Our response to the Whorlton Hall Safeguarding Adults Review
VoiceAbility has contributed significantly to the Safeguarding Adults Review (SAR) report, as we were one of the two advocacy services working at Whorlton Hall – referred to as the ‘Internal Advocacy Provider’ in the SAR report.
The Whorlton Hall SAR report is another powerful call for change.
Like previous reports and reviews, it adds to the overwhelming evidence that people with a learning disability and autistic people are at high risk of neglect and abuse in mental health hospitals and must be better supported to live a good life in the community.
The SAR report sets out ‘what happened and why’ at Whorlton Hall, and follows a BBC Panorama exposé which was aired in May 2019.
Its analysis and recommendations focus on how people can be better safeguarded from abuse in hospitals such as Whorlton Hall.
It identifies advocacy services as one of the pillars in keeping people safe, but also the systemic weaknesses in its commissioning and provision.
One of the SAR report’s key conclusions is that:
“Current arrangements for the commissioning and oversight of advocacy services and the skill requirements of independent advocates, are inadequate for people with learning disabilities and/or who are autistic, who are in-patients in specialist mental health hospitals or who are at risk of becoming in-patients.
This leaves people in the most high-risk settings, the least well served and creates a false security that advocacy is in place.
At Whorlton Hall, VoiceAbility was commissioned by the healthcare provider to provide additional (or non-statutory) advocacy services separate from the statutory independent mental health advocacy commissioned by the local authority.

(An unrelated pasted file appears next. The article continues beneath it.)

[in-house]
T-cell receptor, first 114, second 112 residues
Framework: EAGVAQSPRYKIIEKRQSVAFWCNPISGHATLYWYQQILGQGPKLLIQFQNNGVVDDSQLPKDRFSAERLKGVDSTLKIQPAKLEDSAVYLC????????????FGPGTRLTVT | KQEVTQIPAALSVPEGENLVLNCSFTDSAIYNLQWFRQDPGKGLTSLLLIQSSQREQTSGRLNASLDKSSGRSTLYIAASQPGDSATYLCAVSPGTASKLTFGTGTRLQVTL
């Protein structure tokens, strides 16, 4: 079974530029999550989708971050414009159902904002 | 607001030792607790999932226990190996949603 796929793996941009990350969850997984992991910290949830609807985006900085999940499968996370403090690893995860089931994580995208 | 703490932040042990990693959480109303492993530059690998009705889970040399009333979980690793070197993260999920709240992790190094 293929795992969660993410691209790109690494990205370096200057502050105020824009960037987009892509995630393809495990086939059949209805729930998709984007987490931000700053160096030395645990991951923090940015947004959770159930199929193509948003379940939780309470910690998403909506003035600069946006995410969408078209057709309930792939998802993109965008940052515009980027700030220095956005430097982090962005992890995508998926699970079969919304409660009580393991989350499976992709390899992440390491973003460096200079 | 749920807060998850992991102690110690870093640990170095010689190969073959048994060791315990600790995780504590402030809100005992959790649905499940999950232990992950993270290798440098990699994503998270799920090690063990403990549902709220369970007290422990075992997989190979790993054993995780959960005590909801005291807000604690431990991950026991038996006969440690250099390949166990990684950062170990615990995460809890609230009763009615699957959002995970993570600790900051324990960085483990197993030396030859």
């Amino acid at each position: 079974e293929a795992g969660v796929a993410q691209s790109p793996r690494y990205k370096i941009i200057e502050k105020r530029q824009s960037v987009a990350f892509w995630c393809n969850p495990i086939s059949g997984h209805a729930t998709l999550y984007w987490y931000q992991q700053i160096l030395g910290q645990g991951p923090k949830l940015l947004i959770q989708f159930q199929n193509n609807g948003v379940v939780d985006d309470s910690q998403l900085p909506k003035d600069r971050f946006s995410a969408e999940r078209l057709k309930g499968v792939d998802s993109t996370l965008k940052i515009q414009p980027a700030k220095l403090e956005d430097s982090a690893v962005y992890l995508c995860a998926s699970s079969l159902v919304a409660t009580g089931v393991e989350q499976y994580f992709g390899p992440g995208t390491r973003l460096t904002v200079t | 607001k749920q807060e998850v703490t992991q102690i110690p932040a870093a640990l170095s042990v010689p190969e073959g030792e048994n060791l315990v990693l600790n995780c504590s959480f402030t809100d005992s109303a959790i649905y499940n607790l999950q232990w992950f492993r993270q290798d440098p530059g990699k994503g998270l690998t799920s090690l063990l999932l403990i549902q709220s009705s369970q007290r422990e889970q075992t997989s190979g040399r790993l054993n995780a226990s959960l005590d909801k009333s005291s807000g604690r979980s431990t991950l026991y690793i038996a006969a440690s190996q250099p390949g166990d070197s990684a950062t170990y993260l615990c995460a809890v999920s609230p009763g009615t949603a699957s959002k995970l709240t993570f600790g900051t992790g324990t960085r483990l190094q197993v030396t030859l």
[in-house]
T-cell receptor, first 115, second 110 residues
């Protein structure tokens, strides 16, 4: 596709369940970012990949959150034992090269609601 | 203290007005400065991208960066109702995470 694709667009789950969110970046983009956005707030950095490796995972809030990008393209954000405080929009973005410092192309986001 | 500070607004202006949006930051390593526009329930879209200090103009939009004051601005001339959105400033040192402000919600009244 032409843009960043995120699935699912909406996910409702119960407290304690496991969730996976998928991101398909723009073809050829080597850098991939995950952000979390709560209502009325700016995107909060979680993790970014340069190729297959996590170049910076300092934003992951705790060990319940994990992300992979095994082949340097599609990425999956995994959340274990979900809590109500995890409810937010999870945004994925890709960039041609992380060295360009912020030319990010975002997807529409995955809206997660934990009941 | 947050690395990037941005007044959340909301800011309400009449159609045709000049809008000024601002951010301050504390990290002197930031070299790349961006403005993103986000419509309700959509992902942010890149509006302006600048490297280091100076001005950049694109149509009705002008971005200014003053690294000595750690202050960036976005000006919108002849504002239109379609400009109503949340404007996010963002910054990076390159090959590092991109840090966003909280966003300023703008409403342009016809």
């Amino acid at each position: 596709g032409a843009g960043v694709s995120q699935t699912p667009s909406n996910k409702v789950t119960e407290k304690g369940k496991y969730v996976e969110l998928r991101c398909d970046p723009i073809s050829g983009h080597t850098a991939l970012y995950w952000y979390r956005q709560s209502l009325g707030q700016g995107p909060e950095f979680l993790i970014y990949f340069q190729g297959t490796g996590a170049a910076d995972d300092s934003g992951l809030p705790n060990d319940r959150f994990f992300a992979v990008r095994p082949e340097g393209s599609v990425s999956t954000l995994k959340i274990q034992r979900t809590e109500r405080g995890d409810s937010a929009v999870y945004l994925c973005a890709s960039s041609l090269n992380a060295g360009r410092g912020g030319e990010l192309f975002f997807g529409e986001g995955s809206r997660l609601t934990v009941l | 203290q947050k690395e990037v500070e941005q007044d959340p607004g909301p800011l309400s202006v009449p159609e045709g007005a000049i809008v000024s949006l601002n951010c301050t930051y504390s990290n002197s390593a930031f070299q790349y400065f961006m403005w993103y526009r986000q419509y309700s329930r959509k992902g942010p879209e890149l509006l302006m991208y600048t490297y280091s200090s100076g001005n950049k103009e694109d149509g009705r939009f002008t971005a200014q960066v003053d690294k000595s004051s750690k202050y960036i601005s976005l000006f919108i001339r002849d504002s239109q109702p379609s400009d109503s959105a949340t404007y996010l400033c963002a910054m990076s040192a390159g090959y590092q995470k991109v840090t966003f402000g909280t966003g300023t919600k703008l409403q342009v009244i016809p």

The SAR report reflects the conclusions of VoiceAbility’s internal review that the advocacy service provided at Whorlton Hall did not meet our own service standards and therefore was not of the quality and effectiveness it should have been.
Our aim is to ensure people’s voices are heard, their rights are respected and they’re kept safe from harm. We are truly sorry that we did not do this.
The SAR also notes that, prior to the abuse at Whorlton Hall becoming known to us or others, VoiceAbility had already instigated a major programme to ensure our advocacy and safeguarding practice is of consistently high quality.
Changes made include:
- the development, rollout and continuing improvement of new safeguarding training, resources and safeguarding process guidance
- the development of a strong preventative safeguarding culture with specific attention to the challenges in working with people in restricted and closed healthcare environments. This includes regular drop-in sessions to support staff working in ‘high risk’ care environments
- a Safeguarding Community of Practice to support the identification and dissemination of best practice
- the appointment of a practice team, including a safeguarding lead, to provide additional oversight and expert guidance in matters of safeguarding
- improved supervision and quality audit processes, and better use of data and evidence
What needs to happen now?
In relation to advocacy services, the SAR report concluded that Whorlton Hall is unlikely to be a ‘one-off’ and that systemic change is required in the commissioning and provision of advocacy services.
As well as working to strengthen our own services, we are also contributing to challenging conversations within the wider advocacy sector about what needs to change.
For example, VoiceAbility published a paper in March 2022 setting out the case for a nationally-commissioned specialist service for people with a learning disability and autistic people in inpatient settings due to the heightened risks of abuse and neglect they face.
Jonathan Senker, VoiceAbility’s Chief Executive, said:
We know that well-designed and reliably delivered community support is the route to everyone being able to live a good life, free from abuse of human rights in places like Whorlton Hall.
“However, whilst there are people with a learning disability and autistic people who remain in hospital, we must do everything we can to improve the support for them.
“We believe a specialist advocacy service which is nationally commissioned would provide more effective and consistent support for people with a learning disability and autistic people in mental health hospitals.
“The abuse uncovered at Whorlton Hall must lead to urgent change, with strengthening of advocacy services across the country an essential part of this.”